She was mad.  And, she had two cubs with her.  I had walked right up to her and didn’t know what I had done.  Lucky for me she pounded the ground with her front paws and grunted several times.  That was the signal for the cubs to take off and they did.  She looked back to see if they were running and they were.  I was still frozen in place.  All of a sudden she turned and ran behind her cubs.  I waited until she was out of sight then kept walking down the creek watching for trout.  But, from that day on, when I saw a cow, I made dang sure it was a cow before I approached closer.  That’s a good lesson to learn if you like to mill around in the Great Smoky Mountains.

The cows are gone.  I guess someday they will be replaced by elk.  But the deer, bear and wild boar are still there.

Brian Courtney will be tying at the shop on Saturday between 10:00 and 2:00.  It’s free, just show up.  Brian and Walter teach our fly tying classes and they have worked together for years in the school.  He is an excellent tyer and trout fisherman. 

2011 Tennessee Trout Unlimited Summer Camp

Tennessee TU is sponsoring a week-long summer aquatic biology and trout fishing camp at Great Smoky Mountain Institute at Tremont. The camp will be held Monday, June 20 - Saturday, June 25 and is for middle school-age boys and girls. Cost of the camp is $465. Go to TU Clinch River Chapter website, for more information and an application.  Applications are due March 1st.  This is an opportunity of a lifetime for young people.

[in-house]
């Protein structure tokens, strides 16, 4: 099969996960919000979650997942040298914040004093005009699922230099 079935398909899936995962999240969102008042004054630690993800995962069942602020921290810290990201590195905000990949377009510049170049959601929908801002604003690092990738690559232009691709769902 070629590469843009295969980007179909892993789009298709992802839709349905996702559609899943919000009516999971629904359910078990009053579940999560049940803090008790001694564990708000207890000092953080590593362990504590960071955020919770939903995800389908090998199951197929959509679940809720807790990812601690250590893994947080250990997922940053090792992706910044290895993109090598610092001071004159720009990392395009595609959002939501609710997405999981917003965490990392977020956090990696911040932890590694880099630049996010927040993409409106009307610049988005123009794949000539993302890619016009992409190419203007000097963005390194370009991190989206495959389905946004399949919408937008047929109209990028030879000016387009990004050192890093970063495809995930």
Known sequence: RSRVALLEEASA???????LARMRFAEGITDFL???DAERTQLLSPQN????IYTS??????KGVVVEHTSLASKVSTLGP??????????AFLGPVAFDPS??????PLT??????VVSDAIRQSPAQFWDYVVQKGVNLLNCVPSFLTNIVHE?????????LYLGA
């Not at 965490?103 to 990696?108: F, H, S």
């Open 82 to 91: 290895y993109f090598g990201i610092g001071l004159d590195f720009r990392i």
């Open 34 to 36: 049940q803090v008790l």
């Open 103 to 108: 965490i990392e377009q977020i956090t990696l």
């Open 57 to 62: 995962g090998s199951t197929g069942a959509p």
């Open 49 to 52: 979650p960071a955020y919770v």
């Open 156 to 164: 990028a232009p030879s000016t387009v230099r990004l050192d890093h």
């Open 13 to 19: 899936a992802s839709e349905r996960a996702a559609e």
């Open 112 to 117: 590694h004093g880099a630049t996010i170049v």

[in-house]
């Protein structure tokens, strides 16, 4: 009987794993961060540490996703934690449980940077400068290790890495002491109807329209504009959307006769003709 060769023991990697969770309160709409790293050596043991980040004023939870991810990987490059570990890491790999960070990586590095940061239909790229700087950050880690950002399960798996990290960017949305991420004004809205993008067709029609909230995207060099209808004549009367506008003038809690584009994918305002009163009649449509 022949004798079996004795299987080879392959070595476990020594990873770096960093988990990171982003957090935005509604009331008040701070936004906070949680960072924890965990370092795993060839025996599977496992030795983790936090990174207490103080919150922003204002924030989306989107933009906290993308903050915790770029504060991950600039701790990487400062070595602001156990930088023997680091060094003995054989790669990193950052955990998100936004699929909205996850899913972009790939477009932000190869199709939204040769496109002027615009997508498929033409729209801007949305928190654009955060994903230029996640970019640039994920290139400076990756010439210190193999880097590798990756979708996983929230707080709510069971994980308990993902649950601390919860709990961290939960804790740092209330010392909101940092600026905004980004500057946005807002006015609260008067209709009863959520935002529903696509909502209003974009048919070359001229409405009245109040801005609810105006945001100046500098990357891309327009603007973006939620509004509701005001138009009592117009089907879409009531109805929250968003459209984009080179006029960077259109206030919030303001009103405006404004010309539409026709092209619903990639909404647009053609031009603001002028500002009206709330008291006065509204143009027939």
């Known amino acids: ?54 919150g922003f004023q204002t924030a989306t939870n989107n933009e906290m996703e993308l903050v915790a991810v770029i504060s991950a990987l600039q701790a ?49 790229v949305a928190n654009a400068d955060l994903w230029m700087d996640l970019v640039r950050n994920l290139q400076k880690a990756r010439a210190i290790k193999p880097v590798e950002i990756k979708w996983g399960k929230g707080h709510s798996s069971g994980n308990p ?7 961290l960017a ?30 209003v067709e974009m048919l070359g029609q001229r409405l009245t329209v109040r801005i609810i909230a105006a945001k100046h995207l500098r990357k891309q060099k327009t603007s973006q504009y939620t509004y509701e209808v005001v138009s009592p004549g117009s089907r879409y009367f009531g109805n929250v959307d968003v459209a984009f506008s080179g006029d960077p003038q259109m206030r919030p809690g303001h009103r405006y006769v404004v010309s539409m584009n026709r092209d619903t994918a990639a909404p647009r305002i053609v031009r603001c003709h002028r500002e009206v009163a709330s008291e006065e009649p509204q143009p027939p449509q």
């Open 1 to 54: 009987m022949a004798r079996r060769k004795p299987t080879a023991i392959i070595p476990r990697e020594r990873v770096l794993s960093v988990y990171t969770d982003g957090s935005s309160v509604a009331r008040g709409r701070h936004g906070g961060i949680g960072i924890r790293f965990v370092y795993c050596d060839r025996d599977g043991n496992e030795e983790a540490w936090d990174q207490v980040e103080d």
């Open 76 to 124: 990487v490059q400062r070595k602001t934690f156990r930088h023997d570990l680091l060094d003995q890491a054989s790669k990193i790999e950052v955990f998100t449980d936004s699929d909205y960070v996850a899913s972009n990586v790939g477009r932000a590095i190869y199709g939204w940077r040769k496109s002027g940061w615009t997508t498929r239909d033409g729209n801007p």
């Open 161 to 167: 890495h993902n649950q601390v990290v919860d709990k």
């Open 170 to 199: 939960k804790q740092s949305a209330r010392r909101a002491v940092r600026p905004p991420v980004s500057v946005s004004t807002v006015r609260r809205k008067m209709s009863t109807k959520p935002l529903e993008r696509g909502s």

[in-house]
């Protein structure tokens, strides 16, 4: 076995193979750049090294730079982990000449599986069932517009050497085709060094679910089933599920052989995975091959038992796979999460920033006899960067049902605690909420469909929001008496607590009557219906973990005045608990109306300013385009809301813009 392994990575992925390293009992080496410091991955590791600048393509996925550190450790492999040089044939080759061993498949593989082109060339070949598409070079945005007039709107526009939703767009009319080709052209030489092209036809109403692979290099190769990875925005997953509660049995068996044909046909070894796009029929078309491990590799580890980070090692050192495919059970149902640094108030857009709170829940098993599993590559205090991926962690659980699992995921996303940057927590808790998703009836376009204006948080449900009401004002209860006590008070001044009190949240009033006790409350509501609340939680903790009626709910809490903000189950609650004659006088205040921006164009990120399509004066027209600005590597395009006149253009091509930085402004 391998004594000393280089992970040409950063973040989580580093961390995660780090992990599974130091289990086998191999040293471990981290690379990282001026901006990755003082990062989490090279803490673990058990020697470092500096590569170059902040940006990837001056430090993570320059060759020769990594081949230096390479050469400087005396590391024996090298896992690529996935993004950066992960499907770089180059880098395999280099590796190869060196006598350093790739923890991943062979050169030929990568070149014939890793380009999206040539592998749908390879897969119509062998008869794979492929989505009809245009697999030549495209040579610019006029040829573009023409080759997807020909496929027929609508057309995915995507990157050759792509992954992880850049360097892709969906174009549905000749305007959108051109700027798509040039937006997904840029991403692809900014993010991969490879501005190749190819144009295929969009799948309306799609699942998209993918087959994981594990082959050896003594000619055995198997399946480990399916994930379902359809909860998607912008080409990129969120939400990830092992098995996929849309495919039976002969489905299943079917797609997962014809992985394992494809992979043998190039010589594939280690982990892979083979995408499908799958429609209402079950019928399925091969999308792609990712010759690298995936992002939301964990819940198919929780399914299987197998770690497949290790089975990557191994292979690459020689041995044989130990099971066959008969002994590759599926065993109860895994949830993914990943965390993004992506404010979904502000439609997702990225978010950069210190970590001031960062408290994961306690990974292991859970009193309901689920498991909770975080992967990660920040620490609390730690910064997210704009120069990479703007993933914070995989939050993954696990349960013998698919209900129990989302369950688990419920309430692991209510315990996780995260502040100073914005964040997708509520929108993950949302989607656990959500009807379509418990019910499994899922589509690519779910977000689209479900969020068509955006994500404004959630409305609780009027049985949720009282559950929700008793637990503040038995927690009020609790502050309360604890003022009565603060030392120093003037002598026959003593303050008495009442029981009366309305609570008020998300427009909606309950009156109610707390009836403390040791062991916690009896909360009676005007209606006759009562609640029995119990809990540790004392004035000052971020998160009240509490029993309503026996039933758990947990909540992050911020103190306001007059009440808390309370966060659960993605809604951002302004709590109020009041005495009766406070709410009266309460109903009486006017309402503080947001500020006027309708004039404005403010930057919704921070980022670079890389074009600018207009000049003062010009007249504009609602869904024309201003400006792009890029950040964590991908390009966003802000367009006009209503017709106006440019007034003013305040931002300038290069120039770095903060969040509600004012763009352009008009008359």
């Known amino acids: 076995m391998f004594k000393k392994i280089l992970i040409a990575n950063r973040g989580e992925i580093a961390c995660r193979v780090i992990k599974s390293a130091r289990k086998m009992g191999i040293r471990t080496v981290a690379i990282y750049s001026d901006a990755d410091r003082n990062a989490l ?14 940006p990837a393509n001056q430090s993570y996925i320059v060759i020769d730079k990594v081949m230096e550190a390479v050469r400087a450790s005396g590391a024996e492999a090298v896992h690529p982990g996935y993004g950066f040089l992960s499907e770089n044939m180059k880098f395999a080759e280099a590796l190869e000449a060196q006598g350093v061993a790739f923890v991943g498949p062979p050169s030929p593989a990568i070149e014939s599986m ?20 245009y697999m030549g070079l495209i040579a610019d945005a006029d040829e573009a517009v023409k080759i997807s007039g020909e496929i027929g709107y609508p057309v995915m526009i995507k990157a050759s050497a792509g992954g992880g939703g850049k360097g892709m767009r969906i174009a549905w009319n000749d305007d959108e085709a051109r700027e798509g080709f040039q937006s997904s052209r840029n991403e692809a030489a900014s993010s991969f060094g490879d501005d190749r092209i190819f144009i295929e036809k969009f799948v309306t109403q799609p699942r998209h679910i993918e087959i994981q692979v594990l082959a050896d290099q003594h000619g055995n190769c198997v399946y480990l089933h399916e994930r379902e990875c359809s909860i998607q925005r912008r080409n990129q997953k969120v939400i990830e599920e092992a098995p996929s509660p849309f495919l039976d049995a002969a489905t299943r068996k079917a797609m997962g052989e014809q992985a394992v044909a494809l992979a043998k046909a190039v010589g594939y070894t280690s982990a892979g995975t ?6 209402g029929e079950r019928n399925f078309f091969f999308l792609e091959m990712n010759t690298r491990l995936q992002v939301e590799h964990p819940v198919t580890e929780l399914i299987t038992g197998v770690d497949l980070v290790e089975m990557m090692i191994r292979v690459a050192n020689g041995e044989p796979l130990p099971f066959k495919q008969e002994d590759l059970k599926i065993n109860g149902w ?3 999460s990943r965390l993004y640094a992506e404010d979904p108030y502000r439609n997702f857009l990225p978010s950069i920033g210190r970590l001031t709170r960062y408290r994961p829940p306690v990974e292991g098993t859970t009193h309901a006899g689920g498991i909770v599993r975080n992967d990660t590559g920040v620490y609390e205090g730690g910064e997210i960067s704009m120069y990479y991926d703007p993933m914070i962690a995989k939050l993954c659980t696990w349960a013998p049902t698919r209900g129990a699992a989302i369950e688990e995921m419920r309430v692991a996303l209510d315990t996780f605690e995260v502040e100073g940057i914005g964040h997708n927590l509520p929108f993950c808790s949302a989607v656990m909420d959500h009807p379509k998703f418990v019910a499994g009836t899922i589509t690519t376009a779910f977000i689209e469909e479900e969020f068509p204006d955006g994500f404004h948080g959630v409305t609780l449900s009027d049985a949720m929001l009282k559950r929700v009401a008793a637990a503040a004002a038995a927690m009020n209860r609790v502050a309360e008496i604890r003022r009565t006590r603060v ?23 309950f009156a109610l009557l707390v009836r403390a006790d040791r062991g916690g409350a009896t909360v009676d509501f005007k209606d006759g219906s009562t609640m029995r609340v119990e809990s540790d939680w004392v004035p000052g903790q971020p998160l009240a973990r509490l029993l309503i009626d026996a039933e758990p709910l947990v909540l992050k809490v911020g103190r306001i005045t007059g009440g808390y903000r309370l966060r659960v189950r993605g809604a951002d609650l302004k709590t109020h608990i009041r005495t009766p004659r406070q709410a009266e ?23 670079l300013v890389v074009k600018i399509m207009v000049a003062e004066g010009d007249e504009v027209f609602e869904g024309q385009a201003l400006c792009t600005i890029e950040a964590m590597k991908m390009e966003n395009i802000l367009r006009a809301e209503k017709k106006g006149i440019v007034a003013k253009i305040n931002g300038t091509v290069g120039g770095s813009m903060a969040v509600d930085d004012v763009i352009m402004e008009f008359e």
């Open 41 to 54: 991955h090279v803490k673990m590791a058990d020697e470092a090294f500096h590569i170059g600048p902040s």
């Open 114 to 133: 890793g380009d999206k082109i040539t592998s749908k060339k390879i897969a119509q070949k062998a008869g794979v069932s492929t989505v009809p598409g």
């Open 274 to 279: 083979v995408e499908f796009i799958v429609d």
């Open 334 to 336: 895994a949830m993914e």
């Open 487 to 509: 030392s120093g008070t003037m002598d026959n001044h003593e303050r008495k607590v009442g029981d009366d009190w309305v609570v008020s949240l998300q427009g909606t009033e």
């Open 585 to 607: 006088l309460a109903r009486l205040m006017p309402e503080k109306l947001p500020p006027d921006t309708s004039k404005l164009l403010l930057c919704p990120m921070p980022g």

Have a great day and thank you for being here with us.

Byron Begley
February 9, 2011

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Our fly tying classes will be offered in January and February 2011.   To sign up just call the shop at 877-448-3474.  You can read more on our website in the Schools Section.  The fly tying class schedule follows:

Saturday January 8 – Beginner Fly Tying
Saturday January 15 – Intermediate Fly Tying
Saturday January 22 – Advanced Fly Tying
Saturday February 5 – Beginner Fly Tying
Saturday February 19 – Intermediate Fly Tying
Saturday February 26 – Advanced Fly Tying


Our fly fishing classes will be offered from March to October 2011.   To sign up just call the shop at 877-448-3474.  You can read more on our website in the Schools Section.  The fly fishing class schedule follows:

Saturday March 26 – Beginner Day One
Saturday April 9 – Beginner Day One
Saturday April 30 – Beginner Day One
Sunday May 1 – Beginner Onstream Day Two
Saturday May 7 – Beginner Day One
Saturday May 21 – Beginner Day One
Sunday May 22 – Beginner Onstream Day Two
Saturday June 11 – Beginner Day One
Saturday June 25 – Beginner Day One
Sunday June 26 – Beginner Onstream Day Two
Saturday July 9 – Beginner Day One
Saturday July 23 – Beginner Day One
Sunday July 24 – Beginner Onstream Day Two
Saturday September 10 – Beginner Day One
Saturday September 24 – Beginner Day One
Sunday September 25 – Beginner Onstream Day Two
Saturday October 8 – Beginner Day One
Saturday October 22 – Beginner Day One
Sunday October 23 – Beginner Onstream Day Two